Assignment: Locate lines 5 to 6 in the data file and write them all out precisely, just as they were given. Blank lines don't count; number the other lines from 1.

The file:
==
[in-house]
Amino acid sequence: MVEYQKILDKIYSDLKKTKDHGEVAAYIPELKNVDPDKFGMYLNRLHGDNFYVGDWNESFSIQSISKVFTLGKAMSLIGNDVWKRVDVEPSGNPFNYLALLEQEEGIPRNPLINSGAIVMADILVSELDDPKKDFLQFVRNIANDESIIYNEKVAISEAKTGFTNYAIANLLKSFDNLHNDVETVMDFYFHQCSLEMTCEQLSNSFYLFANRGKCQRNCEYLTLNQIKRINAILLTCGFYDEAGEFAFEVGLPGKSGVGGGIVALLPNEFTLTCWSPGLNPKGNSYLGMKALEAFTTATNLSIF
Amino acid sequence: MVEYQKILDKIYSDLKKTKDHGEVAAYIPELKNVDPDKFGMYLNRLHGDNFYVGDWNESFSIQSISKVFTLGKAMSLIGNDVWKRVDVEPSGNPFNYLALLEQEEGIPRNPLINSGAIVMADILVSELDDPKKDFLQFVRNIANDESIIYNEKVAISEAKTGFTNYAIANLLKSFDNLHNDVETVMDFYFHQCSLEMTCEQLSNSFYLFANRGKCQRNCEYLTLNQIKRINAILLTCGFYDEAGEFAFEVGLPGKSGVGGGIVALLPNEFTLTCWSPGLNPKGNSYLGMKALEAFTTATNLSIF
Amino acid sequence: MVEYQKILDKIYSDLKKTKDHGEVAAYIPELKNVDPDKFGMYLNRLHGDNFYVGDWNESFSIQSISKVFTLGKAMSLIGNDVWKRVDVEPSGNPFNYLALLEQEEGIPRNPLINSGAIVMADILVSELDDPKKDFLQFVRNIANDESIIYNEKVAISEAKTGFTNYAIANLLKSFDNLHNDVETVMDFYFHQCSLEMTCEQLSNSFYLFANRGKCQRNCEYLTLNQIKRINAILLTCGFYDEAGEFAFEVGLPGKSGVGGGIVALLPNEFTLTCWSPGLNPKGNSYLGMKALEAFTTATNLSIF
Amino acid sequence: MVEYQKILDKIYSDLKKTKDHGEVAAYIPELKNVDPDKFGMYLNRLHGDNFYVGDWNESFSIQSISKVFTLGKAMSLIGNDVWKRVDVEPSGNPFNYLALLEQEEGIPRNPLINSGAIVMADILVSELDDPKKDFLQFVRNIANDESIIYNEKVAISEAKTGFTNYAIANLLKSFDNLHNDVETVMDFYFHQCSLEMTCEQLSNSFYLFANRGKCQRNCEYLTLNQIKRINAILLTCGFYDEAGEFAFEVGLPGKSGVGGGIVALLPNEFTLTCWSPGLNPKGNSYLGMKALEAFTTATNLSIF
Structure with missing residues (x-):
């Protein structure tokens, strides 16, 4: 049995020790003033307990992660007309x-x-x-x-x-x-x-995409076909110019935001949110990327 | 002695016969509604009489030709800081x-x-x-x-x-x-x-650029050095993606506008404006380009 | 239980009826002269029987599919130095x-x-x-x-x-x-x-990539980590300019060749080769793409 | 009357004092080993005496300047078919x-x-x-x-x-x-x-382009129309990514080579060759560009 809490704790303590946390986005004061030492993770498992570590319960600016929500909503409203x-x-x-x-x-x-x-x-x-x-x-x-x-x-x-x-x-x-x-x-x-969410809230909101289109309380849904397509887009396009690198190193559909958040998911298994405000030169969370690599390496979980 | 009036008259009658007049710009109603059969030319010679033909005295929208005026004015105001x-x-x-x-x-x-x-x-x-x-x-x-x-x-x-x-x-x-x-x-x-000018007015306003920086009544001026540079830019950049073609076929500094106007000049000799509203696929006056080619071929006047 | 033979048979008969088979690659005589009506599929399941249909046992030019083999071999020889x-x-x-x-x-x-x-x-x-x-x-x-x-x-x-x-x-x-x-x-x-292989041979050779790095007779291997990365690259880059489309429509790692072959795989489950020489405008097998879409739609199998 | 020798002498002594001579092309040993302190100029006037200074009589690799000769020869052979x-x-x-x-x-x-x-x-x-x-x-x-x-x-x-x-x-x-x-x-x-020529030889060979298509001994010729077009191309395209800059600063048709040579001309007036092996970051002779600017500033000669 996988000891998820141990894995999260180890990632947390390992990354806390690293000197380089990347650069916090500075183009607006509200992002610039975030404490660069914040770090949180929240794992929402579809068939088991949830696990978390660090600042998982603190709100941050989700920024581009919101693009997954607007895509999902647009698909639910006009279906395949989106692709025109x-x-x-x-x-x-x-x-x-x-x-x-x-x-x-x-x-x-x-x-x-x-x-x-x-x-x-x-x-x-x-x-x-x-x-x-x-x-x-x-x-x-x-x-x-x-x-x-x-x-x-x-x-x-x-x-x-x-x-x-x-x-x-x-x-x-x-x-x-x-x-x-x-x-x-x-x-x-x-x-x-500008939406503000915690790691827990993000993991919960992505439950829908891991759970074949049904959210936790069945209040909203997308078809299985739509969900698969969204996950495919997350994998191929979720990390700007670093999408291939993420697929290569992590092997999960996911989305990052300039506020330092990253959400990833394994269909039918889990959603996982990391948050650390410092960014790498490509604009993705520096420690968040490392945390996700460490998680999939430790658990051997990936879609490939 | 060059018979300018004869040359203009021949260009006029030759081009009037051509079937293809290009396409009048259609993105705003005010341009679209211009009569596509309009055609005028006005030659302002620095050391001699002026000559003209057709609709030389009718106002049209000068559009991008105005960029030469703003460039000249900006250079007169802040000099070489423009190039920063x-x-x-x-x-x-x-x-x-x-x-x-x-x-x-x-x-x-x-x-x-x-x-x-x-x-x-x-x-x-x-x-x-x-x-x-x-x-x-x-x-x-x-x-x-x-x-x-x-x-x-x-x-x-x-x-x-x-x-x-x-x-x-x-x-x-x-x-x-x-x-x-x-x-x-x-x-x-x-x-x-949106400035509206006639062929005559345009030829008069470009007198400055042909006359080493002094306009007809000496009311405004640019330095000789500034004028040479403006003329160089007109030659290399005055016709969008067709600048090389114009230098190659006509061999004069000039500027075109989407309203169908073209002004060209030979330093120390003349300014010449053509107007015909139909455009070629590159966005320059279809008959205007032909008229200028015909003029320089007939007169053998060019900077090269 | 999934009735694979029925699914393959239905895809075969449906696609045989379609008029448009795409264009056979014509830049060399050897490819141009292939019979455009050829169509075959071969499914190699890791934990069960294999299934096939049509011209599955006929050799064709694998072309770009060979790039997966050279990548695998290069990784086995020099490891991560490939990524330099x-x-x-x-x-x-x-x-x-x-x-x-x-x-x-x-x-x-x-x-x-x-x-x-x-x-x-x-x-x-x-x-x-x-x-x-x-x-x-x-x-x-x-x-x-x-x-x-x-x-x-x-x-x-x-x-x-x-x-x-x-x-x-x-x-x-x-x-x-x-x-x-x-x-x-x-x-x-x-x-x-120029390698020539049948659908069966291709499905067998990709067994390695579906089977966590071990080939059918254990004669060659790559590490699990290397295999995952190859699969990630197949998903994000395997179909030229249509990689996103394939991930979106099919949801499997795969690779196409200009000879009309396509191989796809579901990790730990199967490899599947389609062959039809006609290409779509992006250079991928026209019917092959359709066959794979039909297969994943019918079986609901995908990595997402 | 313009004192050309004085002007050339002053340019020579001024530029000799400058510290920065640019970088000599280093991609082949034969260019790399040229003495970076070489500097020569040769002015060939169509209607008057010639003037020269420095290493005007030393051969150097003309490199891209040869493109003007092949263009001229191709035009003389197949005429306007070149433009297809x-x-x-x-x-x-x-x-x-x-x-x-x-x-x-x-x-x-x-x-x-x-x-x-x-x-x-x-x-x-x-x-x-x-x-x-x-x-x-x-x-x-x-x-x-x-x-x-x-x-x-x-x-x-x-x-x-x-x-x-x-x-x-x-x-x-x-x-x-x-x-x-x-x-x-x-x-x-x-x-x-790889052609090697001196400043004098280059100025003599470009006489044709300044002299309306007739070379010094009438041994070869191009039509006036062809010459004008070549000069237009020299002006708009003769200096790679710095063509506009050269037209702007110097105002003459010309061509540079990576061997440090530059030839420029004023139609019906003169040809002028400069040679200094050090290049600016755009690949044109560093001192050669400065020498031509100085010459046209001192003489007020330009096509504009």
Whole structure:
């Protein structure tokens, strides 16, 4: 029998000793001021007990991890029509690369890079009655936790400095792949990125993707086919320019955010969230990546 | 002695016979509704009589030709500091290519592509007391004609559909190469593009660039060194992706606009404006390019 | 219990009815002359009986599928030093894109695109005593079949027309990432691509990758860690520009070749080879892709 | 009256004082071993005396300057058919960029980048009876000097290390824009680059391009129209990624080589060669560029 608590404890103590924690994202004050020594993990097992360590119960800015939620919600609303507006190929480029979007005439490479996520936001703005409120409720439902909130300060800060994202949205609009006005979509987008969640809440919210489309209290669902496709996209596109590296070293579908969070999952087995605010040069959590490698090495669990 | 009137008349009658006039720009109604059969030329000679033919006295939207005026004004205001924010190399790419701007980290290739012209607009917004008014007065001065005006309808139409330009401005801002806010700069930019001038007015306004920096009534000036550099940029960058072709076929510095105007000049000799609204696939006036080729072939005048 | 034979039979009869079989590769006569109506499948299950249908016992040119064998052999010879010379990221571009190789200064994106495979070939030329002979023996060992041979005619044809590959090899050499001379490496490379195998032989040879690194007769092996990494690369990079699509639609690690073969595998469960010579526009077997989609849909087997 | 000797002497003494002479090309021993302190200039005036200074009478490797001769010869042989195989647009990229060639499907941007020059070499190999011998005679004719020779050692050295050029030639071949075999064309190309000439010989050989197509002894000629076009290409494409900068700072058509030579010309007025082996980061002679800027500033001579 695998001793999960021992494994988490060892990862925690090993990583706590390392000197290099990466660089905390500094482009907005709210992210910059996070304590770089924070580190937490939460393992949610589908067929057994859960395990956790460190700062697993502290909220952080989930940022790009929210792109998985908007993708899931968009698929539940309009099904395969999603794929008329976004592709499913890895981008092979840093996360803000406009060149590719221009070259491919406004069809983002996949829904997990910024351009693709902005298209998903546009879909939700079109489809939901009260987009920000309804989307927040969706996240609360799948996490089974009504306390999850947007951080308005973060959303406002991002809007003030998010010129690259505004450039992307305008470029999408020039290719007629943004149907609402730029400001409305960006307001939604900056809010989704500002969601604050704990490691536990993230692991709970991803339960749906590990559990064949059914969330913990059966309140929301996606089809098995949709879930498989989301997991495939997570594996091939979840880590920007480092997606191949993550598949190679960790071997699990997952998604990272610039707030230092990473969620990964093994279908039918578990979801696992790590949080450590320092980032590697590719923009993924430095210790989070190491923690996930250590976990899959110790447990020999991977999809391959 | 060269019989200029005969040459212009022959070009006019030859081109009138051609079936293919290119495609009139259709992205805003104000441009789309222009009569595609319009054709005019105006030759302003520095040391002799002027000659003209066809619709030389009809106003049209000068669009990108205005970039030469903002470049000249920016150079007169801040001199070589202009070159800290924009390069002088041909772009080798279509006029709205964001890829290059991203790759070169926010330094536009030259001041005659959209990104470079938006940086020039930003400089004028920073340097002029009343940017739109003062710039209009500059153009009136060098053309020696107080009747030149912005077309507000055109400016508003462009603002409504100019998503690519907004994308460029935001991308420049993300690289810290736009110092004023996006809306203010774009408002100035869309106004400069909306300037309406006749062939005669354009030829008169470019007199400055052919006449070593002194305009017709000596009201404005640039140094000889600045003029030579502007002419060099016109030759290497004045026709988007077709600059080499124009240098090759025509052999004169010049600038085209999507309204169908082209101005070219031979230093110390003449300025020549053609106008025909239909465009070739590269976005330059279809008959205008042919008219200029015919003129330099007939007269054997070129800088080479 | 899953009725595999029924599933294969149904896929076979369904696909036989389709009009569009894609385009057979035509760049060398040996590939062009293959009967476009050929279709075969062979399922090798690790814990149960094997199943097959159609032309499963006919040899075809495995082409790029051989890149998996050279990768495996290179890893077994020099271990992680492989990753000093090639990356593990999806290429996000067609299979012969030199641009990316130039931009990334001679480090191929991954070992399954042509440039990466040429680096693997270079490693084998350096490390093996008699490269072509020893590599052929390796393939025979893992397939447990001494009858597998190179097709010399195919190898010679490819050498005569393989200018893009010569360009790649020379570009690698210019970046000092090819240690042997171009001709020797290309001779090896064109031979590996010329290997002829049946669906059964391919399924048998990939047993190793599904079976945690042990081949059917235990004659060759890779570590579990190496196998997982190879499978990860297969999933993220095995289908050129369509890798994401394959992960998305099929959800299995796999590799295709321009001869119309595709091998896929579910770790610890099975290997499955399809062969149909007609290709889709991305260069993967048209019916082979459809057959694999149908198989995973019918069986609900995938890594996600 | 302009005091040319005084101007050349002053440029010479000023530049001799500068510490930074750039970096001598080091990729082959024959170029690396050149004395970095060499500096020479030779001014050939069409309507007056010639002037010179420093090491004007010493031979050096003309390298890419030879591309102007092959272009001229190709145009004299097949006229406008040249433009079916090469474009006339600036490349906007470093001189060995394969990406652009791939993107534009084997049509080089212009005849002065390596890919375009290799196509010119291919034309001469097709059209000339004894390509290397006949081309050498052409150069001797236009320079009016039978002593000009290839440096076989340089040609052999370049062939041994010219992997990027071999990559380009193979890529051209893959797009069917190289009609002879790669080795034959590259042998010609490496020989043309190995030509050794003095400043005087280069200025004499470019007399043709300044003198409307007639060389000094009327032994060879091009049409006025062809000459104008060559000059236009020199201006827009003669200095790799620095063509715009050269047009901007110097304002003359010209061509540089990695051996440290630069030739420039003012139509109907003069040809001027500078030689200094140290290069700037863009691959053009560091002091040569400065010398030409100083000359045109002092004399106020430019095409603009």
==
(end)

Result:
Amino acid sequence: MVEYQKILDKIYSDLKKTKDHGEVAAYIPELKNVDPDKFGMYLNRLHGDNFYVGDWNESFSIQSISKVFTLGKAMSLIGNDVWKRVDVEPSGNPFNYLALLEQEEGIPRNPLINSGAIVMADILVSELDDPKKDFLQFVRNIANDESIIYNEKVAISEAKTGFTNYAIANLLKSFDNLHNDVETVMDFYFHQCSLEMTCEQLSNSFYLFANRGKCQRNCEYLTLNQIKRINAILLTCGFYDEAGEFAFEVGLPGKSGVGGGIVALLPNEFTLTCWSPGLNPKGNSYLGMKALEAFTTATNLSIF
Structure with missing residues (x-):